Dinner with Dom: just one of the rare vintage pairings at sea

Ready for Dom Perignon Pairing Dinner are vintages of 2009, 2004 rosé and 2006.
Ready for Dom Perignon Pairing Dinner are vintages of 2009, 2004 rosé and 2006.

In the latest extravagance at sea, Oceania Cruises has introduced a six- course Dom Perignon dinner that pairs three vintage champagnes with a remarkable chef’s tasting menu. The meal, offered during voyages on Oceania Marina and Oceania Riviera, is a splurge at $295 per person plus gratuities, but the price is equaled by the decadence of the menu and the opportunity to drink amazing champagne.

For those of us who sip sparkling wines mostly as a ceremonial toast or an occasional aperitif, this Oceania Cruises dinner is a revelation of tastes. Not only do diners drink from generous pours of three Dom Perignon vintages — from 2006, 2009 and a special 2004 rosé — but also taste a series of ingredients in a chef’s menu that was designed to pair and interact with these specific vintages.

I experienced the two-and-one-half-hour presentation aboard Oceania Riviera earlier this year. Chefs and waitstaff explained the best sequence for drinking and eating during the six courses. Each of the three champagnes was paired with two courses. We would start with a sip of champagne without food, followed by tasting a specific combination of food from our plates and then drinking the paired champagne. We paid attention to the change of flavors and sensations in our mouths as the bubbly and food merged like ingredients in a science project — only this endeavor included such delicacies as foie gras, lobster and gold leaf atop black truffle risotto.

D3 Foiegras course.JPG
Foie gras, scallops, and roasted pineapple, served at Oceania Cruises’ new Dom Perignon-pairing dinner. Fran Golden

For the first course, scallops with foie gras were accompanied by a deep flavored mole and roasted pineapple and paired with the 2009 Dom Perignon. In the second, the 2006 vintage was paired with Brittany blue lobster, yellow curry broth and coco foam. The third course — black truffle risotto with aged parmesan — was also designed for the 2006.

Out came the 2004 Dom Rosé for a course of very rare sashimi-style Wagyu beef, sautéed arugula, blood orange-soya juice and French caviar. The rosé also was paired with the fifth course of French cheeses, served with a black currant-pepper paste and thyme flower, which provided a powerful punch when the pepper met the champagne. The Dom 2009 returned for a final course of Sakura Geisha flower tea ice cream and caviar-like lemon pearls.

The menu was created by the cruise line’s chef, Franck Garanger, and Moët Chandon/Dom Perignon chef Marco Fadiga. The meal, served in the small La Reserve dining room on Marina and Riviera, is limited to 24 passengers, so reservations in advance of your cruise are highly suggested. Those can be made either through travel agents or directly with Oceania Cruises.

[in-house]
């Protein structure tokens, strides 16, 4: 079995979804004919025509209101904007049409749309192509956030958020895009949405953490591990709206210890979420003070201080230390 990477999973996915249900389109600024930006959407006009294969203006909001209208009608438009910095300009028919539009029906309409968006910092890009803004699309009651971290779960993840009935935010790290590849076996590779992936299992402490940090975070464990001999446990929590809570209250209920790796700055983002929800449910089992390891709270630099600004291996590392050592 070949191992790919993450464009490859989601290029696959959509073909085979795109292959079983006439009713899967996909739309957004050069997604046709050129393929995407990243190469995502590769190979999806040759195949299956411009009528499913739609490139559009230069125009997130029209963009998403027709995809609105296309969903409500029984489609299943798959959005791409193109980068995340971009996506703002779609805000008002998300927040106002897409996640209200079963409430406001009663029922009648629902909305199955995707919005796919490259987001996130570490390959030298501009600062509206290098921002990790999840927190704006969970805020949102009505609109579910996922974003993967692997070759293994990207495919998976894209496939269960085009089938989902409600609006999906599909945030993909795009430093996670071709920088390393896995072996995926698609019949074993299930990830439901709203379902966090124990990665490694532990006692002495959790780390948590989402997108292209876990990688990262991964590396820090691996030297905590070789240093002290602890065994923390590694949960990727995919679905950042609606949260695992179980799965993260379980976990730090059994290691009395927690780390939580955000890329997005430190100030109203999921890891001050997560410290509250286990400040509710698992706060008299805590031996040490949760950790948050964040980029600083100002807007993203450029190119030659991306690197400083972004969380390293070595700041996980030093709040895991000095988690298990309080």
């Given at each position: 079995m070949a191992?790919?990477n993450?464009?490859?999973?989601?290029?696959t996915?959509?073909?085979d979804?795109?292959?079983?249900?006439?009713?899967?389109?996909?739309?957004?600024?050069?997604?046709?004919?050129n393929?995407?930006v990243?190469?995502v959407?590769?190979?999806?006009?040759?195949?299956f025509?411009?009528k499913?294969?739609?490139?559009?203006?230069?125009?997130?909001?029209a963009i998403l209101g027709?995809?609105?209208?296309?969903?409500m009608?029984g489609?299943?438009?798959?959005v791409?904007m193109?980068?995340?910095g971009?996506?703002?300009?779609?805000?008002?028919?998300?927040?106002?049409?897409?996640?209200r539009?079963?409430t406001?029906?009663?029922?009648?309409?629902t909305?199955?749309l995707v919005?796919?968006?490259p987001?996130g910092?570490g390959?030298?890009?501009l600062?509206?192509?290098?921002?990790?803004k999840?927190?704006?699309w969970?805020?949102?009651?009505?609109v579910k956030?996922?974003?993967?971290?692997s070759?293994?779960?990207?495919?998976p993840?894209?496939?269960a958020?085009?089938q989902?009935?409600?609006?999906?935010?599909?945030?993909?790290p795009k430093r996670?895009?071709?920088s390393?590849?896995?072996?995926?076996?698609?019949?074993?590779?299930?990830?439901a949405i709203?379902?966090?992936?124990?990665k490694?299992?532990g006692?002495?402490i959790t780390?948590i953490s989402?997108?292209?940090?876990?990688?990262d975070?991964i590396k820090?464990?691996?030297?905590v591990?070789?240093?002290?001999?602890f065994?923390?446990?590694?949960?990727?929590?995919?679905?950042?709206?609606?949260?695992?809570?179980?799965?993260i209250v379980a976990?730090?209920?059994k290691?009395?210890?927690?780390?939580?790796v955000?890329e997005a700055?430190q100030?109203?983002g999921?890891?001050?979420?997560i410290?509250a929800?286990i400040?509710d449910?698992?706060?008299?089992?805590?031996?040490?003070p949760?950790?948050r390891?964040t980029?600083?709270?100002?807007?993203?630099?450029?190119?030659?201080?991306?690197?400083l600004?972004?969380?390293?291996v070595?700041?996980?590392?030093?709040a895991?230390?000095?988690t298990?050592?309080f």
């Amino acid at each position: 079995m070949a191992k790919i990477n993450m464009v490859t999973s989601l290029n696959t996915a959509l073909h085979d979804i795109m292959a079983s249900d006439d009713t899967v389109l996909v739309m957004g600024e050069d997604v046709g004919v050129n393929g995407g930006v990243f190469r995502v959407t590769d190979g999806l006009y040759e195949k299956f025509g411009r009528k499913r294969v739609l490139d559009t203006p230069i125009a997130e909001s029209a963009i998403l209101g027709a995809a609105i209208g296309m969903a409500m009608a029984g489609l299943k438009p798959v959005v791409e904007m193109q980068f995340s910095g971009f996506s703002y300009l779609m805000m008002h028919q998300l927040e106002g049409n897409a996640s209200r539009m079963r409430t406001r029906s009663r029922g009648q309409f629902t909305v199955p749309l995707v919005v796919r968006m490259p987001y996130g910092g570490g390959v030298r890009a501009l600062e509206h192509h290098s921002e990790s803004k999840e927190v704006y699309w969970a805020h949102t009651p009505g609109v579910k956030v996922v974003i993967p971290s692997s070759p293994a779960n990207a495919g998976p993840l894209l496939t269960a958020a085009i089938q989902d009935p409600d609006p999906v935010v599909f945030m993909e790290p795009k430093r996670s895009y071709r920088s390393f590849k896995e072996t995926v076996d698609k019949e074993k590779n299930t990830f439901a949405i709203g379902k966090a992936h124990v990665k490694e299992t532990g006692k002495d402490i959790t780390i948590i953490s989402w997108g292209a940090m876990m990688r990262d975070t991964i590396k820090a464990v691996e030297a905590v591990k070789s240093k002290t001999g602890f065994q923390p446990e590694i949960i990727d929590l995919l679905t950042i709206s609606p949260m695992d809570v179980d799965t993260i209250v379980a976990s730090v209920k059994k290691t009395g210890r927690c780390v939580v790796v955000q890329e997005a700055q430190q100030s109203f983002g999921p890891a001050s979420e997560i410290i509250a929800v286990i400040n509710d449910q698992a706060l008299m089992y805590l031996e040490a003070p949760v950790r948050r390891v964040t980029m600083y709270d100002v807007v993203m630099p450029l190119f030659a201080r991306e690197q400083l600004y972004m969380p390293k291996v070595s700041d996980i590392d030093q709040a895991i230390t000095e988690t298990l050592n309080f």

D7 chefs Marco_Fadiga Franck_Garanger.JPG
Chefs Marco Fadiga, of Moët Chandon/Dom Perignon, and Franck Garanger of Oceania Cruises Fran Golden

Oceania, which is known for serving some of the best cuisine at sea — the cruise line brags that it is the best, because it spends the most money per passenger for food — has one-upped the rest of the industry with this Dom Perignon pairing feast.

“It’s a new concept, exclusive, spectacular,” said Bob Binder, president and chief executive officer of Oceania Cruises. “We created this dinner to be sophisticated, memorable, a little bit decadent.”

Though this particularly culinary experience is unique, it’s part of an ongoing trend of sophisticated wine-pairing dinners offered aboard a number of cruise lines.

Crystal Cruises, for instance, offers intimate wine dinners in its Vintage Room on its two ocean ships and five river ships, pairing rare vintages with gourmet menus. On the river ships, the eight-course dinner (for 10 or 12) with wine pairings is priced 290 euros per person (about $330). On my sailing aboard Crystal Bach earlier this year, wines included Dom Perignon, Puligny Montrachet and Opus One, matched with foie gras, fresh oysters with caviar and other delicacies.

D1 three Dom w desert rose 06 09.jpeg
Three Dom Perignon vintage champagnes and desert on Oceania Riviera during its champagne-pairing dinner. Oceania Cruises

On the ocean-going Crystal Symphony and Crystal Serenity, dinner in the Vintage Room is $250 per person for up to 12 guests and involves six or seven courses paired with fine wines. On occasion, an Ultimate Vintage room Dinner is held with “incredibly rare wines” and food prepared by a visiting celebrity chef, “priced accordingly.” There are also lunch wine offerings on both the ocean and river ships.

On Azamara Club Cruises, the Chef’s Table features five-course wine degustation menus for up to 14 diners, hosted by a senior officer or guest speaker. Themes include Italian, French and Cuban cuisine, all with carefully paired wines ($95 per person)

On six Silversea ships, including the 596-passenger Silver Muse that is the line’s newest ship, Le Dame by Relais & Chateau is a specialty restaurant featuring fine ingredients such as foie gras, caviar and Perigord duck, carefully paired with wine ($60 per person cover charge).

Oceania Cruises also offers other food and wine pairings at La Reserve by Wine Spectator, including an elegant six-course La Cuisine Bourgeoise, which pairs wines with dishes inspired by the line’s Master Chef and Executive Culinary Director Jacques Pépin ($112.10 per person). All the experiences including champagne are only on Riviera and Marina.

David Molyneaux writes monthly about cruising. He is editor of